Hmm. Religious conflicts have been some of the worst historically. This as all the makings of one.


Sunday, July 20, 2014

Jay Walljasper — The Conservative Case for a Commons Way of Life

“There is less difference than many suppose between the ideal socialist system, in which the big businesses are run by the state, and the present capitalist system, in which the state is run by the big businesses. They are much nearer to each other than either is to my own ideal; of breaking up the big businesses into a multitude of small businesses.”
— G. K. Chesterton
Resilience
The Conservative Case for a Commons Way of Life
Jay Walljasper

Interesting post on Distributism, but not sure what this has to do with the commons though.

Lord Keynes — How Noah Smith Should Have Criticised Austrian Economics


Outline of a complete critique of Austrian Economics with references, pointing out the similarities and differences of the different strains of Austrian economics and Post Keynesianism.

Social Democracy For The 21St Century: A Post Keynesian Perspective
How Noah Smith Should Have Criticised Austrian Economics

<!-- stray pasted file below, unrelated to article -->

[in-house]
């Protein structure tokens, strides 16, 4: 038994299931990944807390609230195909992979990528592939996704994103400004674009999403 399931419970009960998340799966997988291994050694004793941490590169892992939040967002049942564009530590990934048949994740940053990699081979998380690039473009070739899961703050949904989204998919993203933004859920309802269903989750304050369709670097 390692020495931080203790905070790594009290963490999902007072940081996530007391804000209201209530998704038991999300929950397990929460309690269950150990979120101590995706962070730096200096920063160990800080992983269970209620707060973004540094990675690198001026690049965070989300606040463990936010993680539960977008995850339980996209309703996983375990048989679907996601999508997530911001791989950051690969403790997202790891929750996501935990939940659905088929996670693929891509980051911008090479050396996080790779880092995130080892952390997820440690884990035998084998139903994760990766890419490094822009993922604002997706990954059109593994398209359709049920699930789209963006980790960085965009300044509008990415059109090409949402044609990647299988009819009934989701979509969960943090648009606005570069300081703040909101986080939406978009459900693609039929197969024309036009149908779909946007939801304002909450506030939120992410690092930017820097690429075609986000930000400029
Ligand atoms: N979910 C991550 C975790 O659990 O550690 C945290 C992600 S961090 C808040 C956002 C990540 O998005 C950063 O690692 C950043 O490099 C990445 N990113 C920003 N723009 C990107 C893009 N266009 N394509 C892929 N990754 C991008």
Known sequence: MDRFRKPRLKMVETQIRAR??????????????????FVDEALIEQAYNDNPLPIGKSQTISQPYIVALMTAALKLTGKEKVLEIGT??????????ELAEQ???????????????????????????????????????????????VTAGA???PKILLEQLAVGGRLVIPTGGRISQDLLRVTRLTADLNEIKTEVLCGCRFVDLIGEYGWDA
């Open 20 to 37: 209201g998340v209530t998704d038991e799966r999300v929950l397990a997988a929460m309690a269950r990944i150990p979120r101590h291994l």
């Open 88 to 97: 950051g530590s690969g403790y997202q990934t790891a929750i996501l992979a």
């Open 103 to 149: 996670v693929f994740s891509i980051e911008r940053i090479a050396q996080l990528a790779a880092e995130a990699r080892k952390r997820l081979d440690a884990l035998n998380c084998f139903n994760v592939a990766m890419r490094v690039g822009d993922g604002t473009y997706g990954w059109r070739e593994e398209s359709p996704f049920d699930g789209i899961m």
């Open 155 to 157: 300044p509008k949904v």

Lord Keynes

Washington's Blog — Exclusive: High-Level NSA Whistleblower Says Blackmail Is a Huge – Unreported – Part of Mass Surveillance


Just when you thought it couldn't get any worse. Oh, and turns out it has been going on for a long time. J. Edgar Hoover was a master at it, and Harry Truman denounced it specifically. Yukky.

Mish Shedlock — Video of MH17 Hit by Missile; Update From Jacob Dreizin; Black Box Thoughts


Interesting post by Mish on several aspects of the Ukrainian situation, including remarks by Ron Paul who has some sensible things to say.

Leo Kolivakis — On the Brink of Another World War?


The fact that we are asking this question is worrisome, and actions of supposedly responsible people in the West rushing to judgment is a bad sign of hubris.